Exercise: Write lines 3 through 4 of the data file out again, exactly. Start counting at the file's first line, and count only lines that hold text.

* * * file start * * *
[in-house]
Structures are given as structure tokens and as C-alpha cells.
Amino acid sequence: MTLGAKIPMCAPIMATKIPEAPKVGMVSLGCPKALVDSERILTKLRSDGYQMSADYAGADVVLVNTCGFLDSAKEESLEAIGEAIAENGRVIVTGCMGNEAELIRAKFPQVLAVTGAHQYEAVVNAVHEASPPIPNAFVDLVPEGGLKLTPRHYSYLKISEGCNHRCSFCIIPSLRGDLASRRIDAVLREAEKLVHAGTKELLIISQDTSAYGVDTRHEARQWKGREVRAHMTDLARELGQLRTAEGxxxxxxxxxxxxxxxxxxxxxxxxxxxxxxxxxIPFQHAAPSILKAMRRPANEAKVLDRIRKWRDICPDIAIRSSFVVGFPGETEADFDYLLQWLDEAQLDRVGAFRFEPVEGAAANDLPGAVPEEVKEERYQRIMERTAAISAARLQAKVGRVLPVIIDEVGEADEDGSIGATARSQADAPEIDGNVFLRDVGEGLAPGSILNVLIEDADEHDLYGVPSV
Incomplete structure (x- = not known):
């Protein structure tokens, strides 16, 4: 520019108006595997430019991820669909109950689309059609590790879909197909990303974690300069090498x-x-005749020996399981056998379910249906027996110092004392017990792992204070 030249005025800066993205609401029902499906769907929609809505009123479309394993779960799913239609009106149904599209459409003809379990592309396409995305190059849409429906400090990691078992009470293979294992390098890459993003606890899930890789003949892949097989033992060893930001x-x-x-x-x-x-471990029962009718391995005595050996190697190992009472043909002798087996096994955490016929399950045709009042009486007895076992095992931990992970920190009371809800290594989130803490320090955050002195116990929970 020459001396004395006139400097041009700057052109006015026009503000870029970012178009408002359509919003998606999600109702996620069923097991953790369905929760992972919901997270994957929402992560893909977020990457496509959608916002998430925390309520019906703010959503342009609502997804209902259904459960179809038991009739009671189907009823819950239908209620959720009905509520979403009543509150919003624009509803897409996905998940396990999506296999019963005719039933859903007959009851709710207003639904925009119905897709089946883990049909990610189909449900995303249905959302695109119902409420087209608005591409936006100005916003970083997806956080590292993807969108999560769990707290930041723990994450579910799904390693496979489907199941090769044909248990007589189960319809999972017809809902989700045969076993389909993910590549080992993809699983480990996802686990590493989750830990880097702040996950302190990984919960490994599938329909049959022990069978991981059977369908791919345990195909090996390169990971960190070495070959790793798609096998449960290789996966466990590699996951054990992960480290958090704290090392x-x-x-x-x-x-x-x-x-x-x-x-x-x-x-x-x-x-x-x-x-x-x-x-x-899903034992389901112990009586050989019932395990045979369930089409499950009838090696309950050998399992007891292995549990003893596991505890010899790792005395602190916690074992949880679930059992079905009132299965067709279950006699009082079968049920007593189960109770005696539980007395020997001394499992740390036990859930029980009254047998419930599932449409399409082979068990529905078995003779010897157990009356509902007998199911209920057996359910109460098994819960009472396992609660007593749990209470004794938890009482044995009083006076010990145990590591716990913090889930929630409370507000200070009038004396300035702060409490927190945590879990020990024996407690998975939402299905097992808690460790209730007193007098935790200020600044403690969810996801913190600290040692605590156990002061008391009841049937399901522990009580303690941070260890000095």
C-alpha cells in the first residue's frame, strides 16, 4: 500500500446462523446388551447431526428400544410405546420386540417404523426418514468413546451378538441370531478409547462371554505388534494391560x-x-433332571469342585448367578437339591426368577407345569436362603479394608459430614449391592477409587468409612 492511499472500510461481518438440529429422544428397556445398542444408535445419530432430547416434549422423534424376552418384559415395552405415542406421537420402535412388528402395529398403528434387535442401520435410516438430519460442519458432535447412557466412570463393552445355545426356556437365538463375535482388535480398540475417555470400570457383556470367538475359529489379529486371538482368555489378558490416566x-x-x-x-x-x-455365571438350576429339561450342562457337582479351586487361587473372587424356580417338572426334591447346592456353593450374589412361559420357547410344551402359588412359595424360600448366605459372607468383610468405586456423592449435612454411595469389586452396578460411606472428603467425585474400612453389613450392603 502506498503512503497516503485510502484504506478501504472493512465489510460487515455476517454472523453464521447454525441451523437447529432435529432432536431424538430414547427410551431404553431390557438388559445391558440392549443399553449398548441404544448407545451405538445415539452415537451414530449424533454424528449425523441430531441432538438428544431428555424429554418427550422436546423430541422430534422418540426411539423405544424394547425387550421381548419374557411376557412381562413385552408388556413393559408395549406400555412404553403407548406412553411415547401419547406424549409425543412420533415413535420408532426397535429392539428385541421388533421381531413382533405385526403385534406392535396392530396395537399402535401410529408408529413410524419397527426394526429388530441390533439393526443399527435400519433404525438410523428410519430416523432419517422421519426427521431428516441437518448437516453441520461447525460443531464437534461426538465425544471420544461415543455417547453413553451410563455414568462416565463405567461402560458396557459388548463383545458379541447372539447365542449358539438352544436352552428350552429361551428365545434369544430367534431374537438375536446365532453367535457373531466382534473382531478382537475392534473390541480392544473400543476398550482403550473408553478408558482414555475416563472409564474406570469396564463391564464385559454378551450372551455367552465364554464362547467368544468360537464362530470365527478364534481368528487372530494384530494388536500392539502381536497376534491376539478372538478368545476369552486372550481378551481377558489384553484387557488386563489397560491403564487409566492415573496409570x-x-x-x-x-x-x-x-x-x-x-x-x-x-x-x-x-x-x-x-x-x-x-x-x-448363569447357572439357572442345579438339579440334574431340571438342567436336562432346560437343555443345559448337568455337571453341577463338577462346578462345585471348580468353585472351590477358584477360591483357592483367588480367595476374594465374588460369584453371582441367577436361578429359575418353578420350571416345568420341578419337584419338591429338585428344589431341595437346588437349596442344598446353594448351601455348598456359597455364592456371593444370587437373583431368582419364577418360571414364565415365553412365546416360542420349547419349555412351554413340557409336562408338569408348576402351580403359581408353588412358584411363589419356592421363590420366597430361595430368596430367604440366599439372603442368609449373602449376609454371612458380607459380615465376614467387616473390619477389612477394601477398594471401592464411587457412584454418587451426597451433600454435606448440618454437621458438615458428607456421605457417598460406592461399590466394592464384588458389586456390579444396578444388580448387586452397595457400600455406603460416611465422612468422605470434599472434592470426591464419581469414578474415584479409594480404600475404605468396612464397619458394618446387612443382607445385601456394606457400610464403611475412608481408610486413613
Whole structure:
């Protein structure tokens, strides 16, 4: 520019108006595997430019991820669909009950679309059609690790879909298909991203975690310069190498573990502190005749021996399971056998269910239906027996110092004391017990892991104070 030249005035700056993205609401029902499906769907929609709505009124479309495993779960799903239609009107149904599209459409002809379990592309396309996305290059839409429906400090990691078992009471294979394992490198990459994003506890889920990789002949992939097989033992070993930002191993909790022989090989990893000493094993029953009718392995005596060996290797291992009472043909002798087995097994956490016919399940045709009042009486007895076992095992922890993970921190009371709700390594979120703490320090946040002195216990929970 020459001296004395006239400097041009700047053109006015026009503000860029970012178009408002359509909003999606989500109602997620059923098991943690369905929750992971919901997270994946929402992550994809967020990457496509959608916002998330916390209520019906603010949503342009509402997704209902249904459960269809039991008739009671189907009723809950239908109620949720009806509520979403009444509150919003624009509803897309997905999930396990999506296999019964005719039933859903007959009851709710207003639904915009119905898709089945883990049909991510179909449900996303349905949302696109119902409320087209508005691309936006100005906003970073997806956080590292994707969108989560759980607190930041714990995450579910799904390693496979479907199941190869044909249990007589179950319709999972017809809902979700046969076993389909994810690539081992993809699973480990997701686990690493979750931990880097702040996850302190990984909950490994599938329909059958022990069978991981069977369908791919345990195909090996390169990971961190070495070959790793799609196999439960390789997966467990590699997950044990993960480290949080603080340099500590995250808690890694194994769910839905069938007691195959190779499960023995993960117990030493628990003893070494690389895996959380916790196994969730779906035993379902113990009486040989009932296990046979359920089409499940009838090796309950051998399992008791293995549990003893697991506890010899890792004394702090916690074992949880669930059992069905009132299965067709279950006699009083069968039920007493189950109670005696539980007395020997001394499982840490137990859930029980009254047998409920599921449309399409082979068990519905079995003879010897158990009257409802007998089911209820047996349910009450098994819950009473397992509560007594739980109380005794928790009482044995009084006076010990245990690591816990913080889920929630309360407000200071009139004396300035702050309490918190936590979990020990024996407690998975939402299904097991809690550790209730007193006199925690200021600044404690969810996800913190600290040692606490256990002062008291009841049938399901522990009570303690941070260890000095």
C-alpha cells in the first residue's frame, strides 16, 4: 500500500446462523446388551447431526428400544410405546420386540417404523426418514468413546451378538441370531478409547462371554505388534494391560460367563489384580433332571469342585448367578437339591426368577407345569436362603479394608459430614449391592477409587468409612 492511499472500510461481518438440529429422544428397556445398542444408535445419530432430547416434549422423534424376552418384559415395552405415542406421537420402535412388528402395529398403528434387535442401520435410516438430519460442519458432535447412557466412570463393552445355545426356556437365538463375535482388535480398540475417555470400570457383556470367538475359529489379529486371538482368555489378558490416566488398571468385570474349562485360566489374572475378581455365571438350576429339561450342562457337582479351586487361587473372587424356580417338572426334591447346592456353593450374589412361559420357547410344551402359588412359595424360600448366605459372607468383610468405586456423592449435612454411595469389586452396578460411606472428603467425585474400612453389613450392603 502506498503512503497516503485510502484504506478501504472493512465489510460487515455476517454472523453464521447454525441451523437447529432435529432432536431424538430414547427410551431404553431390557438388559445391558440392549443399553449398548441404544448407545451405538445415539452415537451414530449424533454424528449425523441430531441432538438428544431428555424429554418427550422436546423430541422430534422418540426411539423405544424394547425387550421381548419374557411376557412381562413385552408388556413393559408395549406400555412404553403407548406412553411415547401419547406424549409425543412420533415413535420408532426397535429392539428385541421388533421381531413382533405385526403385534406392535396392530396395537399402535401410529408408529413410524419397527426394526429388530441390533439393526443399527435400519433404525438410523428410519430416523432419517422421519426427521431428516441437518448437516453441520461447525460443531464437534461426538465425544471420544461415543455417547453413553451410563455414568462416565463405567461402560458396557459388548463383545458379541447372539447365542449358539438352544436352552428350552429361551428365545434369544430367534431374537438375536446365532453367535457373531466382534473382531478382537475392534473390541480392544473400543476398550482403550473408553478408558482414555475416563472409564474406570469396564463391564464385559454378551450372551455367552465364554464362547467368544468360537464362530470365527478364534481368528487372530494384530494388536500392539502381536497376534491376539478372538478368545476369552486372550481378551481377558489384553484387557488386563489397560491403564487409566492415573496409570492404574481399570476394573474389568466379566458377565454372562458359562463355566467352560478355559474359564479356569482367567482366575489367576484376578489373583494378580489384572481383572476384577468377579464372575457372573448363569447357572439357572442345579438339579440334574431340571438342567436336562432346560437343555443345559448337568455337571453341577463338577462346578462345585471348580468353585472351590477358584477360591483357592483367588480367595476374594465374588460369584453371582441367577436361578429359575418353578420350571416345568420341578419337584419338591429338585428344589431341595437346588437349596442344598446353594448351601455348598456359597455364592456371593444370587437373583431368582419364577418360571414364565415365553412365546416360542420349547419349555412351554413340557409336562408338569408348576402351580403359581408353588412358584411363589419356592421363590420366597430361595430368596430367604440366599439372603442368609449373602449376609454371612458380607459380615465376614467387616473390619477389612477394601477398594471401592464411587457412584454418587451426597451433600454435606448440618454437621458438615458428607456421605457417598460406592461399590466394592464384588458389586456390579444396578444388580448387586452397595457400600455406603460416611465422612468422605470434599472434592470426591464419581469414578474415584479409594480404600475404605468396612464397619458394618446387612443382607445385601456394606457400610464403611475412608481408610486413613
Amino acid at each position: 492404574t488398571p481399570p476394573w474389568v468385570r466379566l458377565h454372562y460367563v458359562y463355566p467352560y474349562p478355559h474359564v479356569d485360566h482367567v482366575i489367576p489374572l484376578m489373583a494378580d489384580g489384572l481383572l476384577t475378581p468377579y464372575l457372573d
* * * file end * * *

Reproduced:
Amino acid sequence: MTLGAKIPMCAPIMATKIPEAPKVGMVSLGCPKALVDSERILTKLRSDGYQMSADYAGADVVLVNTCGFLDSAKEESLEAIGEAIAENGRVIVTGCMGNEAELIRAKFPQVLAVTGAHQYEAVVNAVHEASPPIPNAFVDLVPEGGLKLTPRHYSYLKISEGCNHRCSFCIIPSLRGDLASRRIDAVLREAEKLVHAGTKELLIISQDTSAYGVDTRHEARQWKGREVRAHMTDLARELGQLRTAEGxxxxxxxxxxxxxxxxxxxxxxxxxxxxxxxxxIPFQHAAPSILKAMRRPANEAKVLDRIRKWRDICPDIAIRSSFVVGFPGETEADFDYLLQWLDEAQLDRVGAFRFEPVEGAAANDLPGAVPEEVKEERYQRIMERTAAISAARLQAKVGRVLPVIIDEVGEADEDGSIGATARSQADAPEIDGNVFLRDVGEGLAPGSILNVLIEDADEHDLYGVPSV
Incomplete structure (x- = not known):